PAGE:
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How one school district solved the ‘December Dilemma’

 

Bill Waugh/The Oklahoman

Scott Gibson plays a wise man for a live Nativity scene in Mustang, Okla., on Dec. 9, 2004, across the street from Lakehoma Elementary School, where on the advice of an attorney the traditional Nativity scene was banned. The alternative Nativity scene was held in protest across the street from the school auditorium.

MUSTANG, Okla. — When the superintendent in this Bible Belt town yanked baby Jesus from a fifth-grade school play – but left in symbols of Hanukkah and Kwanzaa, along with Santa Claus – a small army of parents erupted in protest.

But in the months after last year’s controversy, school officials, religious leaders and parents came together to develop a religious liberties policy that has helped mend, if not heal completely, the strained relations.

As school districts nationwide grapple with the “December Dilemma” of how to mark the holidays, Charles Haynes, co-author of Finding Common Ground: A Guide to Religious Liberty in Public Schools, suggests that this Oklahoma City suburb’s experience offers a case study in what can go wrong – and right.

In Mustang, the manger scene in the Lakehoma Elementary fifth-grade play had been a tradition for years. That is, until the superintendent axed it on the advice of the district’s legal counsel.

However, the district allowed a Christmas tree and Santa Claus to remain in the production, as well as symbols of Hanukkah and Kwanzaa.

Outraged, Kim Selvey and a dozen other parents hired an attorney to take their concerns to the school board.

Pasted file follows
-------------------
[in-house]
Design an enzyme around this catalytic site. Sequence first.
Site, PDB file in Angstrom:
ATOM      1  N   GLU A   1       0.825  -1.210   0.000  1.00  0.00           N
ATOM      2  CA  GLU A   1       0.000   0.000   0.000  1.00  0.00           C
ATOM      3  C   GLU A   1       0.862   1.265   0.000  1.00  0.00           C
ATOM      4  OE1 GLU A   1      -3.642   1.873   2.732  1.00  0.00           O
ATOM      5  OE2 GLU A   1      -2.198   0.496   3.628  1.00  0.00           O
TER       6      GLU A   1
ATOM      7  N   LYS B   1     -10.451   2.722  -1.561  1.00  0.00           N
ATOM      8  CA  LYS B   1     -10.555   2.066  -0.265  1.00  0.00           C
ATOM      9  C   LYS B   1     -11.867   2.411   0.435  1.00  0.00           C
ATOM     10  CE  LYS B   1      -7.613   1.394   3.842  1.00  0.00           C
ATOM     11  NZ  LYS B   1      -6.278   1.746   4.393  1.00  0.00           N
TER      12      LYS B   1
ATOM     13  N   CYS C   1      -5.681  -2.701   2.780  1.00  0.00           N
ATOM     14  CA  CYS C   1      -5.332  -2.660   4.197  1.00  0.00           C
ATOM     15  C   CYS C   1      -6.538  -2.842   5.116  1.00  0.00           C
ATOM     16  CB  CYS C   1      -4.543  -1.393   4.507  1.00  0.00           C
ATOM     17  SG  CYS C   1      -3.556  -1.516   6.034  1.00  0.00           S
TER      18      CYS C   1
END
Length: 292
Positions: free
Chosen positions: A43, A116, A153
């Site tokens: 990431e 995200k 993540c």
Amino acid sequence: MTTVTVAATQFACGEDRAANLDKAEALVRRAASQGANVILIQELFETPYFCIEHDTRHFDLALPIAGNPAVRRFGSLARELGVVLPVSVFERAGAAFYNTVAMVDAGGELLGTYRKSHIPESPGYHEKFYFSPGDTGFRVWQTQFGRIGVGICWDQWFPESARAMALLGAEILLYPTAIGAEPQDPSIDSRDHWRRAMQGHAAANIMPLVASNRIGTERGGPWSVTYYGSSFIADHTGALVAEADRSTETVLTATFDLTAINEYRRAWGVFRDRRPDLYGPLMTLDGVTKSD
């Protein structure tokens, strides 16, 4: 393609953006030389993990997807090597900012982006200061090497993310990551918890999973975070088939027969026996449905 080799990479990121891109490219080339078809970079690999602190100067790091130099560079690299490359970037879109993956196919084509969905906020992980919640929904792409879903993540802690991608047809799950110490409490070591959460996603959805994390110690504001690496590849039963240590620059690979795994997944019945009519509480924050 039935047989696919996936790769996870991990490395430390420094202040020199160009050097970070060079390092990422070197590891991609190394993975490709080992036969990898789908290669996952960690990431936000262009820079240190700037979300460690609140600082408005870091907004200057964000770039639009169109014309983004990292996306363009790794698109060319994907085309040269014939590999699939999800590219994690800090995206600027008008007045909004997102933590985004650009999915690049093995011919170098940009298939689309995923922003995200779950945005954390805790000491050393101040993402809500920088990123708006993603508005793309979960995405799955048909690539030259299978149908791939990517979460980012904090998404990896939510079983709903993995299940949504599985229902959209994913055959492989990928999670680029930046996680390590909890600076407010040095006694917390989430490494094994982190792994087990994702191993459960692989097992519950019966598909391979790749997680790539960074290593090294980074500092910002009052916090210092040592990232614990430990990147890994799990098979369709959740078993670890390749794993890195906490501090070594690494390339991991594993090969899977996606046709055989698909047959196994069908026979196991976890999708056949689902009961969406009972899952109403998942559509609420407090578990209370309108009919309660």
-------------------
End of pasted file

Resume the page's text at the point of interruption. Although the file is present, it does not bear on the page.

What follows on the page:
The night of the program, protesters organized a live Nativity scene across the street from the school auditorium. Organizers carried signs such as, “No Christ. No Christmas. Know Christ. Know Christmas.”

What started as a small dispute “got huge really, really quickly,” said Dave Bryan, pastor of Chisholm Heights Baptist Church.

The furor was all-too-familiar to Haynes, who was called to help mediate.

All too often, Haynes said, schools wait until December to decide their approach to religious issues when they should be developing clear policies in January.

At one extreme, assemblies seem “more like the local church than the local school,” he said. At the other extreme, districts strip references to the religious aspect of Christmas.

 

Protect religious rights

In Mustang, Bryan served as co-chairman of a 30-member task force formed early this year to develop a religious liberties policy for the school district. Members included Christian and Jewish religious leaders, teachers, school administrators and parents.

The policy approved by the school board in May states: “Public schools may neither instill nor inhibit religion.” It went on to say “Mustang Public Schools uphold the First Amendment by protecting the religious liberty rights of students of all faiths or no faith.”

Karl Springer, the school superintendent, said “great progress” has been made.

This year’s Lakehoma Elementary program will feature a brief Nativity scene, he said.

But it will include this clear attribution: “Some Christians believe.”

“It’s a small change that makes a big difference,” Springer said.